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Unitarian Universalists raise funds for gay rights in Uganda

Donations will support human rights activists fighting homophobia.
By Michelle Bates Deakin

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David Kato (AP Photo)

Ugandan gay rights activist David Kato died after being attacked in his home on January 26, 2011. (AP Photo)

In response to a growing number of threats against gays, lesbians, bisexuals, and transgender people in Uganda, the Unitarian Universalist Association has launched a fund to help human rights activists in that country.

The UUA has partnered with the UU United Nations Office (UU-UNO) to create the UUA/UU-UNO LGBT Uganda Fund. UUA President Peter Morales announced the fund on January 25. Two days later, a Ugandan gay rights activist was fatally beaten.

“Rarely, if ever, has the UU tradition of living our faith been more crucial than it is at this moment,” Morales said in announcing the fund. “Right now in Uganda we have seen an alarming rise in violence and prejudice toward people who are even assumed to be lesbian, gay, bisexual, or transgender (LGBT). Right now, Ugandan citizens, including members of the Unitarian Universalist Church of Uganda, fear they will be killed because of this growing culture of oppression against LGBT people.”

Before his death, David Kato, the activist who was killed, had recently warned that the lives of LGBT people in Uganda were in danger. A newspaper in Uganda had published the names and addresses of people suspected of being LGBT prominently on its front page. An accompanying article with the headline “Hang Them,” called for the death of the people listed.

Kato and several other Ugandan activists sued the paper and won. The Ugandan High Court ordered the newspaper to pay damages and to cease publishing the names of people it believed were gay or lesbian.

Kato was a Ugandan high school teacher who moved to South Africa in the 1990s after coming out. He returned to Uganda to advocate for gay rights, organizing the first gay rights news conference in Kampala. In his mid-40s, Kato had recently installed an alarm system in his house for protection.

The Ugandan Parliament is considering a bill that would condemn some homosexuals to life in prison or death. It has created a new level of fear for the country’s gay population.

“The situation remains too dangerous for us to stand idly by,” Morales said.

Members of the Unitarian Universalist Church of Uganda in Kampala are working to protect LGBT people in Uganda, led by the Rev. Mark Kiyimba. “We cannot, in good conscience, allow them to struggle alone,” Morales said. “Even recent anti-bigotry legislation in Uganda will not stop the hatred and violence aimed at the LGBT community.”

Making matters worse, Morales said, is that much of the hateful rhetoric hurled at the LGBT community has been fomented by members of the American religious right, who have gone to Uganda to speak out against homosexuality.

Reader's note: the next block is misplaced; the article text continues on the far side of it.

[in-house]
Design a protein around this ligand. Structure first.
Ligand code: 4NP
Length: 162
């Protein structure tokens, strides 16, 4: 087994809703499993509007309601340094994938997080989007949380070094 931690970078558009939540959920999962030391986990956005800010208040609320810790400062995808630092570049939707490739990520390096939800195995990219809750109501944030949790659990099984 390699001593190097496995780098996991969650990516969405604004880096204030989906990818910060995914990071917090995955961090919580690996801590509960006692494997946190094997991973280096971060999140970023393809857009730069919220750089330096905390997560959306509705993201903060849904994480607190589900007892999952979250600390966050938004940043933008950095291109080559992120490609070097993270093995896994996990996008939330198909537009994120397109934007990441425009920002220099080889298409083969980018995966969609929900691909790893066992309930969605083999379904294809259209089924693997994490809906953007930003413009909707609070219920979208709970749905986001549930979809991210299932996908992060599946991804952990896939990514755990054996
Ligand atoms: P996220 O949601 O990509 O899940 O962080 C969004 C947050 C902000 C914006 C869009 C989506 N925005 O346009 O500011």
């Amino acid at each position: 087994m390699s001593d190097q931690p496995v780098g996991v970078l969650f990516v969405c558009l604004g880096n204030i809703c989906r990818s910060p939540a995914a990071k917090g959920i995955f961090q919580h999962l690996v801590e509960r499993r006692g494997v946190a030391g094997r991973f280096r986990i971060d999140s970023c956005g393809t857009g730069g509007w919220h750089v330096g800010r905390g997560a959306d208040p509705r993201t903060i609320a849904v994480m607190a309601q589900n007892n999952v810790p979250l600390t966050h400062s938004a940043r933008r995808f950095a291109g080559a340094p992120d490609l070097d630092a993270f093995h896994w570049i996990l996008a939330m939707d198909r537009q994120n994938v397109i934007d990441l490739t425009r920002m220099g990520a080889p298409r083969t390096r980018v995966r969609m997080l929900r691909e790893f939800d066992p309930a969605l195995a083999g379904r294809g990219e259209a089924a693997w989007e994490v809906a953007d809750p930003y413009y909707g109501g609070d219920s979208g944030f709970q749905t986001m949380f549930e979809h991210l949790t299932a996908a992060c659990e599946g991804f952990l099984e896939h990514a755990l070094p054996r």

The UUA/UU-UNO LGBT Uganda Fund will disperse the money it collects to organizations within Uganda that are doing human rights work. The Rev. Eric Cherry, international resources director for the UUA, said, “This is an excellent opportunity for American Unitarian Universalists who are committed to the global struggle for LGBT human rights to support the courageous work of our UU partners on the front lines of that struggle in Uganda.”

One of the organizations that will receive contributions is the Eddoboozi Human Rights Defenders Network. Eddoboozi, which means “voice,” supports LGBT rights work in Uganda.

Following Kato’s murder, the Unitarian Universalist Church of Uganda and Eddoboozi released a joint statement condemning the action and calling for the murderer to be brought to justice. “Human rights defenders are invaluable gate keepers of peaceful co-existence in societies around the world,” the statement said. “They set the pace of responsible lifestyles and commit leaders in communities to the issues of the people they lead.”

There are two UU congregations in Uganda. In addition to the Kampala church, there is a fellowship near the village of Masaka. In Masaka, Ugandan Unitarian Universalists operate a school and an orphanage for children whose parents have died of HIV and AIDS.

Morales said that the publishing of the names and addresses of human rights activists shattered the hopes of the LGBT community that they can be safe in their homes. “I can only imagine the terror and despair they must feel,” he said. “My heart breaks for them.”

Yet, Morales added that he has hope. “I believe the people of our faith will answer the call to action. I have seen again and again the strength and resolve UUs summon in response to violence and oppression no matter how daunting the task.”

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